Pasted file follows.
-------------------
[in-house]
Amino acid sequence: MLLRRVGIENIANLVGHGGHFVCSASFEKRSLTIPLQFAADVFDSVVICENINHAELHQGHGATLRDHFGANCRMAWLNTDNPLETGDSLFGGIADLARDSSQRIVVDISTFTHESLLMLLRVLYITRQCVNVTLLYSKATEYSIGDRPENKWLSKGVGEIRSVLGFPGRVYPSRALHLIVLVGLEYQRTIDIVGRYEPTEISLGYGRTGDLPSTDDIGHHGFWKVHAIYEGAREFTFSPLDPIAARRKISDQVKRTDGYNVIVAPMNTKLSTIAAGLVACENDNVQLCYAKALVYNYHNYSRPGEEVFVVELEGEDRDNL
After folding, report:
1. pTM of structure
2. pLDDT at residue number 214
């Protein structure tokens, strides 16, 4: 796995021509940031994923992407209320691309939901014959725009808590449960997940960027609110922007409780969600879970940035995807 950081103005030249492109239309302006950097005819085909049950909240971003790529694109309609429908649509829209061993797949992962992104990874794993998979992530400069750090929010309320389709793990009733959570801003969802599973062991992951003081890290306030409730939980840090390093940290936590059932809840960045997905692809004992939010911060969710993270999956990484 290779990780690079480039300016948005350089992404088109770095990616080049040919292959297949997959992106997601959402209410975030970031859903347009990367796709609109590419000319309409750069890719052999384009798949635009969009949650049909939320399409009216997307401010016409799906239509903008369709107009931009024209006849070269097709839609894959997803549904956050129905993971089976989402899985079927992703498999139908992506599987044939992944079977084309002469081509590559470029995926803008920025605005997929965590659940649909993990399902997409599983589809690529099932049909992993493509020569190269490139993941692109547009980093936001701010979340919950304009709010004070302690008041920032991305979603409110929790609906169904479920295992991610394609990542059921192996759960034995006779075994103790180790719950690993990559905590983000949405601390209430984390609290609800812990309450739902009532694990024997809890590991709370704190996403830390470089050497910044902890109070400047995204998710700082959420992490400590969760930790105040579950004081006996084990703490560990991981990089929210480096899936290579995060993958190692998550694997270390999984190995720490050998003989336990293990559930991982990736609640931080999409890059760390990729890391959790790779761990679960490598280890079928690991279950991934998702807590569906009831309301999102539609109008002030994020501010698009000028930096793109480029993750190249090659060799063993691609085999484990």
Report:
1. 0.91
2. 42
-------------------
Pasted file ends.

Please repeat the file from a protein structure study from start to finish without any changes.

[in-house]
Amino acid sequence: MLLRRVGIENIANLVGHGGHFVCSASFEKRSLTIPLQFAADVFDSVVICENINHAELHQGHGATLRDHFGANCRMAWLNTDNPLETGDSLFGGIADLARDSSQRIVVDISTFTHESLLMLLRVLYITRQCVNVTLLYSKATEYSIGDRPENKWLSKGVGEIRSVLGFPGRVYPSRALHLIVLVGLEYQRTIDIVGRYEPTEISLGYGRTGDLPSTDDIGHHGFWKVHAIYEGAREFTFSPLDPIAARRKISDQVKRTDGYNVIVAPMNTKLSTIAAGLVACENDNVQLCYAKALVYNYHNYSRPGEEVFVVELEGEDRDNL
After folding, report:
1. pTM of structure
2. pLDDT at residue number 214
């Protein structure tokens, strides 16, 4: 796995021509940031994923992407209320691309939901014959725009808590449960997940960027609110922007409780969600879970940035995807 950081103005030249492109239309302006950097005819085909049950909240971003790529694109309609429908649509829209061993797949992962992104990874794993998979992530400069750090929010309320389709793990009733959570801003969802599973062991992951003081890290306030409730939980840090390093940290936590059932809840960045997905692809004992939010911060969710993270999956990484 290779990780690079480039300016948005350089992404088109770095990616080049040919292959297949997959992106997601959402209410975030970031859903347009990367796709609109590419000319309409750069890719052999384009798949635009969009949650049909939320399409009216997307401010016409799906239509903008369709107009931009024209006849070269097709839609894959997803549904956050129905993971089976989402899985079927992703498999139908992506599987044939992944079977084309002469081509590559470029995926803008920025605005997929965590659940649909993990399902997409599983589809690529099932049909992993493509020569190269490139993941692109547009980093936001701010979340919950304009709010004070302690008041920032991305979603409110929790609906169904479920295992991610394609990542059921192996759960034995006779075994103790180790719950690993990559905590983000949405601390209430984390609290609800812990309450739902009532694990024997809890590991709370704190996403830390470089050497910044902890109070400047995204998710700082959420992490400590969760930790105040579950004081006996084990703490560990991981990089929210480096899936290579995060993958190692998550694997270390999984190995720490050998003989336990293990559930991982990736609640931080999409890059760390990729890391959790790779761990679960490598280890079928690991279950991934998702807590569906009831309301999102539609109008002030994020501010698009000028930096793109480029993750190249090659060799063993691609085999484990």
Report:
1. 0.91
2. 42